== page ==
jueves, 29 de mayo de 2014

Quite a Surprise!

We had a School Assembly today.  Usually, the speakers use a netbook or laptop loaded with Windows 7 (which has caused already several embarrassments and delays) and use MS Office PowerPoint during their presentations.

However, today was a bit different.  When the speaker double clicked his document to open it, I saw an old friend:

That was a delight!  The computer used LibreOffice's Impress to do the job!

Little by little, our university's migration to Free Software is advancing.

domingo, 18 de mayo de 2014

Elive 2.2.2 Beta Is Here!

Yay!  Elive has a new beta release: 2.2.2!

It finally comes with my long awaited feature: an installer!

Gotta download it ASAP to start testing it.

The release anouncement is here.

domingo, 11 de mayo de 2014

The Good Ol' Antivirus is Dead??

According to the Wall Street Journal, Symantec has declared antivirus software dead.  Woah!  That's a pretty strong claim, especially considering that Symantec is attributed the invention of commercial antivirus software.

What's the problem?

Basically, that they got tired of the endless mouse-catching game antivirus is in.  We have to face the truth: malware is usually a step (or many) ahead of antivirus software.

Thus, what they will be doing now is assuming that the computers are compromised to then try to minimize the damage.

This forces us to make a series of interesting observations:

1.  No matter the antivirus you use, your computer will be eventually assimilated into a cyber criminal's network.

Now, this observation is seriously flawed.  First, the main problem is not the computer; it is the OS.  Guess which OS are they talking about (without saying it, of course)?      

2.  If companies will focus on minimizing potential damages caused by malware, that means some damage will have to be done first.

No, it doesn't necessarily mean that, right?  It is about distracting criminals with fake information and knowing how and why they enter a specific computer network.

Well, maybe they could figure out ideas for tightening security so that damages do not occur.  But what does "tightening security" mean?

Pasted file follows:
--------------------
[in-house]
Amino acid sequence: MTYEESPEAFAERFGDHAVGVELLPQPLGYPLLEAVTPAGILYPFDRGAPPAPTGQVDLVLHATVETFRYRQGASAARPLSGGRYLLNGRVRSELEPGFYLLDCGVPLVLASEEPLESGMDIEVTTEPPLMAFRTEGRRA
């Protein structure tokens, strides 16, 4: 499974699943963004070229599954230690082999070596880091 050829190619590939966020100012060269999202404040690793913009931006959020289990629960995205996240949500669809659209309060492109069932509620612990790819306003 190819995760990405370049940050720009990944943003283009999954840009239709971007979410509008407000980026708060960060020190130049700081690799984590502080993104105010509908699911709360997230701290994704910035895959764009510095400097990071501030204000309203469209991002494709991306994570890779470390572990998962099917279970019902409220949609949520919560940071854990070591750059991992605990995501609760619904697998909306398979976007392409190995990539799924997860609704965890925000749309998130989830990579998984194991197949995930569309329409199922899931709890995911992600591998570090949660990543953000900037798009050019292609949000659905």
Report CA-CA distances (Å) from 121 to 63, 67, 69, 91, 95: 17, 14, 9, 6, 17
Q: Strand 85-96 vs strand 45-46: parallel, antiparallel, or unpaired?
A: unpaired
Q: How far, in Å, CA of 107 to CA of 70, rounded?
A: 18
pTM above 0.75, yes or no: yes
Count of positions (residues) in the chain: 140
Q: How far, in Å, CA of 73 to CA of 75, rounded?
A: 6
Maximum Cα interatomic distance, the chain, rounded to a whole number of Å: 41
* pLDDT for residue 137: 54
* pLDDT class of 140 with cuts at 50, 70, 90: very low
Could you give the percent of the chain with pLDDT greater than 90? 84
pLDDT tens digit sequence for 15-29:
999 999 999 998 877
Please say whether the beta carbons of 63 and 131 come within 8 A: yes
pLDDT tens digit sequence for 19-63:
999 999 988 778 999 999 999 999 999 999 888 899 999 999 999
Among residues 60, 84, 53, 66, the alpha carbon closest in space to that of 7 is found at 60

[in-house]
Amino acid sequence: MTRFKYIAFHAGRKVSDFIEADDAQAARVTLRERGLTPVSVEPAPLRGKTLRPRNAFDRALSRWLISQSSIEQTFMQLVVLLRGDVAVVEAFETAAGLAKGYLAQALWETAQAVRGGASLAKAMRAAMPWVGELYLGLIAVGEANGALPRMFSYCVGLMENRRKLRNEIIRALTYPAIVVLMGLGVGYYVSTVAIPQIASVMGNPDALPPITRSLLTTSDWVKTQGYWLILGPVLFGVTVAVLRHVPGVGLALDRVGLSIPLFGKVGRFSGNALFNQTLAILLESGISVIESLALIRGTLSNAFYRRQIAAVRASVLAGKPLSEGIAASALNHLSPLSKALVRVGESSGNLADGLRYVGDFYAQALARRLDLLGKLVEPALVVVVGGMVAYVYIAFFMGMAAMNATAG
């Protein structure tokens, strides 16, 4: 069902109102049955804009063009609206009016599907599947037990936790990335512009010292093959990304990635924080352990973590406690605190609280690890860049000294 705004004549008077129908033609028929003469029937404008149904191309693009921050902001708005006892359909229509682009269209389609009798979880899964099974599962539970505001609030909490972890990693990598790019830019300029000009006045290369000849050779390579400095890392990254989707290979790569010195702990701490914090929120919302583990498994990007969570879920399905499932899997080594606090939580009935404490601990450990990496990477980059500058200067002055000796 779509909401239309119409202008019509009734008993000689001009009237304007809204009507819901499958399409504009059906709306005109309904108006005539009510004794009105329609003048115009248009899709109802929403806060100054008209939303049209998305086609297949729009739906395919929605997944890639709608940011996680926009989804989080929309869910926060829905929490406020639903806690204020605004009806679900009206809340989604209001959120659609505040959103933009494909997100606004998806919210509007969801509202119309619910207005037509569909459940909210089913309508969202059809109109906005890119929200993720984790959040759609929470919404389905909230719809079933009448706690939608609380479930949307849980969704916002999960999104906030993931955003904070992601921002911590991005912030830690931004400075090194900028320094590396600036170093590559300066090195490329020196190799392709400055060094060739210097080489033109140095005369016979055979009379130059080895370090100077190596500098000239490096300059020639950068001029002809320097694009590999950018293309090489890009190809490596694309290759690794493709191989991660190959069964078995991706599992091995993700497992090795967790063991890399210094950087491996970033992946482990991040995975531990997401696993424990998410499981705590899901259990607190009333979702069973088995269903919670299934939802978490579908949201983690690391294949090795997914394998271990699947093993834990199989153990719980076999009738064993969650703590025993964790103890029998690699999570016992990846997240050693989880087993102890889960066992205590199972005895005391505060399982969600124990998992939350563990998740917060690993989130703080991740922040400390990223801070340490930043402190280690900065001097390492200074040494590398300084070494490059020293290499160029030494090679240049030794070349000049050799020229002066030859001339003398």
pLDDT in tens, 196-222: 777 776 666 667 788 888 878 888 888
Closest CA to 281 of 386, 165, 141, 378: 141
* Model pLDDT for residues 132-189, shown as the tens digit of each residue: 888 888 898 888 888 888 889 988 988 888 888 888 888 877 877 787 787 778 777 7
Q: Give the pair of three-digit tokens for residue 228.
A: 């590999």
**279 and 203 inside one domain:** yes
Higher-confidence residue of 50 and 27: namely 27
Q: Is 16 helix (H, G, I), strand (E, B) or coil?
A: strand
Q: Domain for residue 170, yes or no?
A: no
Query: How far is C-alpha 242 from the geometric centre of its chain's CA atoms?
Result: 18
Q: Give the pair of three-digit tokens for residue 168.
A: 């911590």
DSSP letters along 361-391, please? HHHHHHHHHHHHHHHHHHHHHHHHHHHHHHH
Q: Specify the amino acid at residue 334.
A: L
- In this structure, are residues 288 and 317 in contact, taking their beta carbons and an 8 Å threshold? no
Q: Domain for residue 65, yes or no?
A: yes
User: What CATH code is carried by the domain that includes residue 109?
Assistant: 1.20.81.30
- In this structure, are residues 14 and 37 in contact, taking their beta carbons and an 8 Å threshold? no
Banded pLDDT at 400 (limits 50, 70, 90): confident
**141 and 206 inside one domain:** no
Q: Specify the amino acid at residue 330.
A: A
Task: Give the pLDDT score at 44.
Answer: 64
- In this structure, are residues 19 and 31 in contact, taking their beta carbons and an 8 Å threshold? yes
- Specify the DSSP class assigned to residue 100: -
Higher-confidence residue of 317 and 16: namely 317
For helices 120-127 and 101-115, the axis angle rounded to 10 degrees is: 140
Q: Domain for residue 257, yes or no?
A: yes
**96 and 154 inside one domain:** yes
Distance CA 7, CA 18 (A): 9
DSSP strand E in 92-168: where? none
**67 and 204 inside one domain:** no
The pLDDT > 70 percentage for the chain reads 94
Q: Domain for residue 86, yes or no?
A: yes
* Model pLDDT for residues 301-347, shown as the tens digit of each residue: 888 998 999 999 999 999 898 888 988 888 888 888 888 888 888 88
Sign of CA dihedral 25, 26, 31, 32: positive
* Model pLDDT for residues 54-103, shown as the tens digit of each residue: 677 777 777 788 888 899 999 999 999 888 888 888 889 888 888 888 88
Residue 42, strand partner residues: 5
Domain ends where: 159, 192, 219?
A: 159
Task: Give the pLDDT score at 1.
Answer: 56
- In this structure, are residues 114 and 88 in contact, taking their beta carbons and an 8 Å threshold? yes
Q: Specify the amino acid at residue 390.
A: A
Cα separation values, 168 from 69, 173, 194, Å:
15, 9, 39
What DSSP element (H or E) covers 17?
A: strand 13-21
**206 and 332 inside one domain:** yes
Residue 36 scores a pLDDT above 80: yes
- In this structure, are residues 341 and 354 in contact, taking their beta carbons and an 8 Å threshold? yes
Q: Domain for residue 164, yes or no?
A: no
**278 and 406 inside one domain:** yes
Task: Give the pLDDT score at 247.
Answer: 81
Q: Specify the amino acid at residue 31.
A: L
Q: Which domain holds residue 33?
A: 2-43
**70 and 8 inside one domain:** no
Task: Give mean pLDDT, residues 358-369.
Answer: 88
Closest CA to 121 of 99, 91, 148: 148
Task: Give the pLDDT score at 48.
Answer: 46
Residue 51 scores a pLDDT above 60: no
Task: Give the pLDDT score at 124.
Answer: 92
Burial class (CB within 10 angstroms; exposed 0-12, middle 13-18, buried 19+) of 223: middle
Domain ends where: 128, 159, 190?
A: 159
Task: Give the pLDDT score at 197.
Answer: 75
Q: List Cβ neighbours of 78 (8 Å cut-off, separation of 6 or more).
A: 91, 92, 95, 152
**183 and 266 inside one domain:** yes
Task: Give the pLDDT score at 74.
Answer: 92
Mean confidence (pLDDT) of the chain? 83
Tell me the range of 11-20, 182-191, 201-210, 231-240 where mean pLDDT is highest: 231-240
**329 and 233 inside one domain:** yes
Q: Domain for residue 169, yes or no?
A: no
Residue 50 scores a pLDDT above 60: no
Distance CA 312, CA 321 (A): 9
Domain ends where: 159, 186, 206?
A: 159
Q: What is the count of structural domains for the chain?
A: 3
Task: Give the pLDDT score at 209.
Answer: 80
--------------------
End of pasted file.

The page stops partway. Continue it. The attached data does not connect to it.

Maybe  adding new features to their software to help the user?

And why not going a step beyond that and we add features to the hardware, too?

Yes!  We could have something called "Secure" Boot enabled by default "to prevent" breaches!  The problem is that the so called "Secure" boot has never been secure in the first place.  I've seen how computers with that and running Windows 8 have been easily hijacked but not so easily fixed.

Also, "Secure" (I always prefer to call it "restricted") boot is causing a much greater damage than those it seeks to prevent: now you can't even control your hardware but others can.  You pay for hardware and others are the ones who can actually use it.  Of course, they have your best interests at heart.   

Of course, there are alternatives to this.  Why not using a safer OS to begin with?  That could create a truly competitive market that would force Microsoft to get their act together and actually design a secure OS.  Will that be Windows 10, maybe?

jueves, 8 de mayo de 2014

Some Thoughts ...

Recently, I witnessed how a new user of a Linux distro took on Linux developers on a forum because he was unable to automagically use some piece of hardware.  To "prove" his point, he compared Linux to Redmond's OS.

Of course, other Linux users (and several developers) joined the discussion, some to offer help and others to criticize this person's approach.

The whole situation made me think about several interesting disparities:

-- Why is it that when many Windows users cannot set up a printer, they blame either the printer or the computer (hardware)... but when the same happens on Linux, they immediately blame the OS?

--  Why is it that when Windows lacks an important feature (or an unimportant one that they like), they accept it saying "that's how computers are"... but if Linux lacks it, then it is because Linux developers don't think about the regular user?

--  Why is it that when a virus strikes a Windows computer, users blame the computer or the antivirus, but not the OS?  Linux does not get hit by many viruses, by the way.  Last time I got a virus since I switched to Linux four years ago was... Wait!  I've NEVER gotten any!

--  Why is it that when malware takes over the files in a thumbdrive and hides them, Windows users usually blame the thumbdrive and not the OS?  Yes, the files are still as visible as ever if you use Linux!  It is not the thumbdrive, it is Redmond's OS that does not see them!

People should pay more attention to these matters...